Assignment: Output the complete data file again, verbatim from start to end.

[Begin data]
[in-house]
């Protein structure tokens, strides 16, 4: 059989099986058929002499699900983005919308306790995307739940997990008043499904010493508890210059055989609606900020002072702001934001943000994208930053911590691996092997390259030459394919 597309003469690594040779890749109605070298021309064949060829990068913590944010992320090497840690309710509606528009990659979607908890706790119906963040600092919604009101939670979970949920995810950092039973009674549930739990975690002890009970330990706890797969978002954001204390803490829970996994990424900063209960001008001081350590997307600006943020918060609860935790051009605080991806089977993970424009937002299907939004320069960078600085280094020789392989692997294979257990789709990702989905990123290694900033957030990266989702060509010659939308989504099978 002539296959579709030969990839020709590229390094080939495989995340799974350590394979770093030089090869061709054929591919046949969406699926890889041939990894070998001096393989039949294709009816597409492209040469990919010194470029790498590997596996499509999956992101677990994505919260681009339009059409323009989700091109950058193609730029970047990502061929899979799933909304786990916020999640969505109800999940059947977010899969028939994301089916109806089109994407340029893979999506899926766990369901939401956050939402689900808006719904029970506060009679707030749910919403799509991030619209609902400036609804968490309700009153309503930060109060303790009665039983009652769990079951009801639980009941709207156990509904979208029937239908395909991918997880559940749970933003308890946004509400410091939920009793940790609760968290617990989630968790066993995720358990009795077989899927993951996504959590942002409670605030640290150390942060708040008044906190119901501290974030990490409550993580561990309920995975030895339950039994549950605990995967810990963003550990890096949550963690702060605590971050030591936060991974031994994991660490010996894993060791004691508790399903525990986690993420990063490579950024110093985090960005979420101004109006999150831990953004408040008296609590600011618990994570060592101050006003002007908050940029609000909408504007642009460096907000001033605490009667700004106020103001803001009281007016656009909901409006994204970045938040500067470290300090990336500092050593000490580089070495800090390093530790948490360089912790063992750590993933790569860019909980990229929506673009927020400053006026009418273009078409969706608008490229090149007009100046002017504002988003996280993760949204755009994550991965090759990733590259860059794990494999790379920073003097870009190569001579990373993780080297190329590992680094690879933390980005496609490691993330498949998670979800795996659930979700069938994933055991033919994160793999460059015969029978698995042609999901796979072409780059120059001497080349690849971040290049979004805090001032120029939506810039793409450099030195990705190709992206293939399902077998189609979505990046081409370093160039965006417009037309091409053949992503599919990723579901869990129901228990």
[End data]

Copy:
[in-house]
């Protein structure tokens, strides 16, 4: 059989099986058929002499699900983005919308306790995307739940997990008043499904010493508890210059055989609606900020002072702001934001943000994208930053911590691996092997390259030459394919 597309003469690594040779890749109605070298021309064949060829990068913590944010992320090497840690309710509606528009990659979607908890706790119906963040600092919604009101939670979970949920995810950092039973009674549930739990975690002890009970330990706890797969978002954001204390803490829970996994990424900063209960001008001081350590997307600006943020918060609860935790051009605080991806089977993970424009937002299907939004320069960078600085280094020789392989692997294979257990789709990702989905990123290694900033957030990266989702060509010659939308989504099978 002539296959579709030969990839020709590229390094080939495989995340799974350590394979770093030089090869061709054929591919046949969406699926890889041939990894070998001096393989039949294709009816597409492209040469990919010194470029790498590997596996499509999956992101677990994505919260681009339009059409323009989700091109950058193609730029970047990502061929899979799933909304786990916020999640969505109800999940059947977010899969028939994301089916109806089109994407340029893979999506899926766990369901939401956050939402689900808006719904029970506060009679707030749910919403799509991030619209609902400036609804968490309700009153309503930060109060303790009665039983009652769990079951009801639980009941709207156990509904979208029937239908395909991918997880559940749970933003308890946004509400410091939920009793940790609760968290617990989630968790066993995720358990009795077989899927993951996504959590942002409670605030640290150390942060708040008044906190119901501290974030990490409550993580561990309920995975030895339950039994549950605990995967810990963003550990890096949550963690702060605590971050030591936060991974031994994991660490010996894993060791004691508790399903525990986690993420990063490579950024110093985090960005979420101004109006999150831990953004408040008296609590600011618990994570060592101050006003002007908050940029609000909408504007642009460096907000001033605490009667700004106020103001803001009281007016656009909901409006994204970045938040500067470290300090990336500092050593000490580089070495800090390093530790948490360089912790063992750590993933790569860019909980990229929506673009927020400053006026009418273009078409969706608008490229090149007009100046002017504002988003996280993760949204755009994550991965090759990733590259860059794990494999790379920073003097870009190569001579990373993780080297190329590992680094690879933390980005496609490691993330498949998670979800795996659930979700069938994933055991033919994160793999460059015969029978698995042609999901796979072409780059120059001497080349690849971040290049979004805090001032120029939506810039793409450099030195990705190709992206293939399902077998189609979505990046081409370093160039965006417009037309091409053949992503599919990723579901869990129901228990």